2015 AFC preview: Denver Broncos
From now until the New England Patriots begin training camp, Phil Perry looks at the 15 other AFC teams: The biggest question they face heading into the season, their story line on offense, their story line on defense, and their "threat level" to the Patriots.
Today's opponent: The Denver Broncos.
How will Peyton Manning handle Gary Kubiak's offense?
Gary Kubiak's spent enough time in the NFL, that the book is out on what he likes to do as an offensive coach. Now that he's the man in charge in Denver, we can expect to see all sorts of roll-outs, play-action passes, and stretch-run plays, one might think.
But with Peyton Manning behind center, the Broncos offense may be an amalgamation of what Kubiak likes to do and what Manning can do.
Boot-legs? Manning's not the fleetest of foot, if you haven't been paying attention. And while it's possible that Kubiak will find ways to move the pocket, it would behoove Denver to help Manning get his feet set and underneath him whenever possible.
Play-action? That wasn't exactly Manning's strong suit in 2014. According to Pro Football Focus, Manning's touchdown-to-interception ratio on play-action throws last year was 8-to-15.
Manning was at his worst in 2014 at the end of the season, when he played with an injured quad and struggled in the cold. Throwing when at all off-balance -- and, really, even when he had his feet settled -- the numbers weren't pretty in December and January: In his last three regular-season games he threw six picks compared to just three scores, and in the Divisional Round, Andrew Luck and the Colts upset Manning's club in Denver, 24-13.
At 39 years old, it may not make much sense to put Manning under center -- as opposed to in the shotgun -- which Kubiak has said he'd like to do consistently. And it may not make much sense for Manning to be asked to use his legs in a new offensive system. But this may be Manning's new reality under Kubiak.
It's a marriage between coach and quarterback that isn't perfect, but it shouldn't get Manning killed; he's still too savvy to bootleg into trouble. The projected protection in front of Manning, on the other hand, doesn't bode well for his long-term health.
OFFENSIVE STORYLINE TO WATCH
Where are the answers on the offensive line?
Longtime starting left tackle Ryan Clady will miss the entire 2015 season after tearing his ACL this spring, and there is no clear-cut replacement on the team's roster. Making matters even more difficult for the Broncos is that they will have to find fill-ins for last year's starter at center Will Montgomery (now with the Bears), left guard Orlando Franklin (now with the Chargers) and right tackle Luis Vasquez, who is still in Denver but has been shifted back to right guard.
That's four of five starting offensive line spots that look like they're up in the air at the moment.
We saw the Patriots overcome offensive line concerns last season to eventually win a Super Bowl. It can be done. But at least through New England's struggles it had two capable veterans penciled in at the tackle spots. What's happening in Denver is chaos by comparison.
Not only might Manning's well-being become a concern with a completely new-look group protecting him, but the team's running game, which ranked 15th in the league last season (112 yards per game) -- the running game that could help take pressure off of Manning's aging right arm -- appears to be hampered before it ever had a chance to get started.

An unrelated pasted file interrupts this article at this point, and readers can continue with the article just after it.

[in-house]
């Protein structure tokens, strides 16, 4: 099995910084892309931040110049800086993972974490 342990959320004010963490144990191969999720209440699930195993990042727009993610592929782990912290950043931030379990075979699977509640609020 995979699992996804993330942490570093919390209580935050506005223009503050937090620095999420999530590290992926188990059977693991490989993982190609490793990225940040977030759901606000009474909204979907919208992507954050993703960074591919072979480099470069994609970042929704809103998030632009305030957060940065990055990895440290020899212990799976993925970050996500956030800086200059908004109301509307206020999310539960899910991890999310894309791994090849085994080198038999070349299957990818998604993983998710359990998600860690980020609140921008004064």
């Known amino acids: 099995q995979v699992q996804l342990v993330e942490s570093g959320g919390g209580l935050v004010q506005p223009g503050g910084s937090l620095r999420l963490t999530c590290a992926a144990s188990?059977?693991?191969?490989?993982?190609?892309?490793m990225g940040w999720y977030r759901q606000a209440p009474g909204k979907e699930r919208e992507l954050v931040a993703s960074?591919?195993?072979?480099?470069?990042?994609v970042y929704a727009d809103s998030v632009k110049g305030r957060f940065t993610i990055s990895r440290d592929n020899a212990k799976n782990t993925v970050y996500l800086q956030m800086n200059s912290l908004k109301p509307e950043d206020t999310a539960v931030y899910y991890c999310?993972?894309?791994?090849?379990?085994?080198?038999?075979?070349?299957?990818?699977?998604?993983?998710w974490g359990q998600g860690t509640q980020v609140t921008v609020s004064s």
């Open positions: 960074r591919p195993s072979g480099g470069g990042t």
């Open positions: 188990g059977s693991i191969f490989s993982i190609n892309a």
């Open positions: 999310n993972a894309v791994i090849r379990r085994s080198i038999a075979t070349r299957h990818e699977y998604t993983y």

DEFENSIVE STORYLINE TO WATCH
Will Denver's defense be able to dominate games?
On paper, it looks like they'll have a chance.
Last year's unit ranked third in the league in total defense and earned defensive coordinator Jack Del Rio an opportunity to get another shot as a head coach in Oakland.
Now it's Wade Phillips who'll be at the controls, and he brings with him his 3-4 scheme.
For a Broncos team that features one of the best young pass-rushers in the game, Von Miller, this is very good news. At what seems as though it would be a more natural spot for him, somewhere where his skill set can flourish, Miller has the opportunity to take his game to another level. Having the option to use DeMarcus Ware and rookie Shane Ray -- who fell to the Broncos at No. 23 in the first round of the draft -- in packages simultaneously with Miller will make this one of the most imposing third-down defenses in the league.
Though there are question marks at the linebacker level and at free safety, corners Aqib Talib and Chris Harris should help hide many deficiencies in coverage and make this one of the top defensive teams in football.
THREAT LEVEL: HIGH
The Broncos will be once again one of New England's main challengers in the conference, and the two teams will square off in Denver in Week 11.
Though it will be billed as it always is, Brady vs. Manning, the most important matchup will be Brady vs. Phillips and the Broncos defense. How will Nate Solder handle Miller -- someone he's seen since their days in the Big 12 -- on the outside? Will Julian Edelman and Brandon LaFell be able to shake Talib and Harris? How will yet another meeting between Rob Gronkowski and safety TJ Ward play out?
And on the other side, what will New England's new secondary do to handle Demaryius Thomas and Emmanuel Sanders? What may make that job at least a little more palatable is that they no longer have tight end Julius Thomas (now in Jacksonville) to prepare for.
The chess match will be intriguing, as it has been with these teams since 2013, but take note that the threat level here is "high," not "severe." The Patriots, from this perspective, will be the better team thanks in large part to what looks like a still-growing advantage at quarterback. There are other, more serious contenders who lurk in the AFC.